Mt. Borah in the Salmon-Challis National Forest in Idaho.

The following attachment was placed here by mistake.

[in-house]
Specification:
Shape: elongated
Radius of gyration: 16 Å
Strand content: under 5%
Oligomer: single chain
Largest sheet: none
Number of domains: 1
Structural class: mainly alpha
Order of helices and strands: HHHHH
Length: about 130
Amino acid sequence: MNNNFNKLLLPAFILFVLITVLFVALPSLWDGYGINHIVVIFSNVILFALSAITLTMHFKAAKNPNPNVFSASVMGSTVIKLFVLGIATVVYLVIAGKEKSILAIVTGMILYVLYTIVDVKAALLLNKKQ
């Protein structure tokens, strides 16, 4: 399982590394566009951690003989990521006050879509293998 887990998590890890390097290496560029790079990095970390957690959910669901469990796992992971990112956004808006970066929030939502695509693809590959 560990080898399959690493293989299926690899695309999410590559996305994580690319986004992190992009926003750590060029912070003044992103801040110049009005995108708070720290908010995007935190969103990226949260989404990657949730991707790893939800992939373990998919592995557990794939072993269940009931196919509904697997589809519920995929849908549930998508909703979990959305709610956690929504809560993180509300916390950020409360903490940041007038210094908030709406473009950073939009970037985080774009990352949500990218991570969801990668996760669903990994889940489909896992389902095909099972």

When we were camping in the Snake River Plain, the high snow covered mountains of Central Idaho to the north stood like a wall of awesomeness which we were dying to explore. A few roads go through the mountain ranges there, mostly following valleys or rivers. After we left Arco, ID, we followed the Big Lost River as it wound its way down the valley along Hwy 93. It is called the Big Lost River because as it exits the mountains, it actually disappears under the lava flows that covered the river’s pathway across the Snake River Plain long ago. Coming out of the mountains to the north, it gets absorbed or tunnels its way under the lava plain and emerges at Twin Falls, ID as a bunch of springs. As we started entering the mountain range, we were climbing higher and higher with huge snow covered mountains to either side of a small valley. Eventually we reached Borah Peak, which is the highest in Idaho at over 12,000ft. It is also close to the epicenter of an earthquake that struck in the 1980s which caused the valley floor to subside about 7-12ft. There was a national forest picnic area next to the fault where you could see the break in the ground and the 7 foot escarpment, which is basically the scar left by the sudden drop of the valley floor. It’s a deep crack, but it is filled by sediment so you can’t actually look down it or anything like that. The area has had no known recorded history of earthquakes, but geologists have seen evidence of past escarpments so they must have happened before. In fact, that fault that we picnicked next to was the reason that Mt Borah exists in the first place. Similar to Nevada, the crust of the Earth is being pulled apart there, so like a bunch of falling dominoes, the fault causes the valley floor to drop relative to the mountains, and the mountains to rise even higher.